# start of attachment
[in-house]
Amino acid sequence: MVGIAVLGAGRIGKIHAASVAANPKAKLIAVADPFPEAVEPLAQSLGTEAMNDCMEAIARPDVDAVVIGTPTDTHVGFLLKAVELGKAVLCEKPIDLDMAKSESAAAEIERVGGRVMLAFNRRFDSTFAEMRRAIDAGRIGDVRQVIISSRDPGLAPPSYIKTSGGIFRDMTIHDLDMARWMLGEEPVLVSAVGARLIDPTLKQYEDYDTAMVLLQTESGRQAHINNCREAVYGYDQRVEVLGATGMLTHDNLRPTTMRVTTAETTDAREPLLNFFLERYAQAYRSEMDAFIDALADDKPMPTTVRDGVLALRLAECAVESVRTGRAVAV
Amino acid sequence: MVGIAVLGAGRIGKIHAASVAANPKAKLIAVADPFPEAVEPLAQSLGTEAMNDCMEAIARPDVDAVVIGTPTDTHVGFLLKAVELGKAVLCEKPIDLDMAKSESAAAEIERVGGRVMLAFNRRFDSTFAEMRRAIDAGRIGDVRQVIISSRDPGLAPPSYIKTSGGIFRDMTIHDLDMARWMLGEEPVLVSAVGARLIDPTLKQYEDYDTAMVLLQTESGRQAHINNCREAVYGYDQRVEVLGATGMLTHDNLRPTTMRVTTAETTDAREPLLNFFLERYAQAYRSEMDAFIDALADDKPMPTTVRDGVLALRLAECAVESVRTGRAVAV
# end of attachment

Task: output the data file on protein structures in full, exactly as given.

[in-house]
Amino acid sequence: MVGIAVLGAGRIGKIHAASVAANPKAKLIAVADPFPEAVEPLAQSLGTEAMNDCMEAIARPDVDAVVIGTPTDTHVGFLLKAVELGKAVLCEKPIDLDMAKSESAAAEIERVGGRVMLAFNRRFDSTFAEMRRAIDAGRIGDVRQVIISSRDPGLAPPSYIKTSGGIFRDMTIHDLDMARWMLGEEPVLVSAVGARLIDPTLKQYEDYDTAMVLLQTESGRQAHINNCREAVYGYDQRVEVLGATGMLTHDNLRPTTMRVTTAETTDAREPLLNFFLERYAQAYRSEMDAFIDALADDKPMPTTVRDGVLALRLAECAVESVRTGRAVAV
Amino acid sequence: MVGIAVLGAGRIGKIHAASVAANPKAKLIAVADPFPEAVEPLAQSLGTEAMNDCMEAIARPDVDAVVIGTPTDTHVGFLLKAVELGKAVLCEKPIDLDMAKSESAAAEIERVGGRVMLAFNRRFDSTFAEMRRAIDAGRIGDVRQVIISSRDPGLAPPSYIKTSGGIFRDMTIHDLDMARWMLGEEPVLVSAVGARLIDPTLKQYEDYDTAMVLLQTESGRQAHINNCREAVYGYDQRVEVLGATGMLTHDNLRPTTMRVTTAETTDAREPLLNFFLERYAQAYRSEMDAFIDALADDKPMPTTVRDGVLALRLAECAVESVRTGRAVAV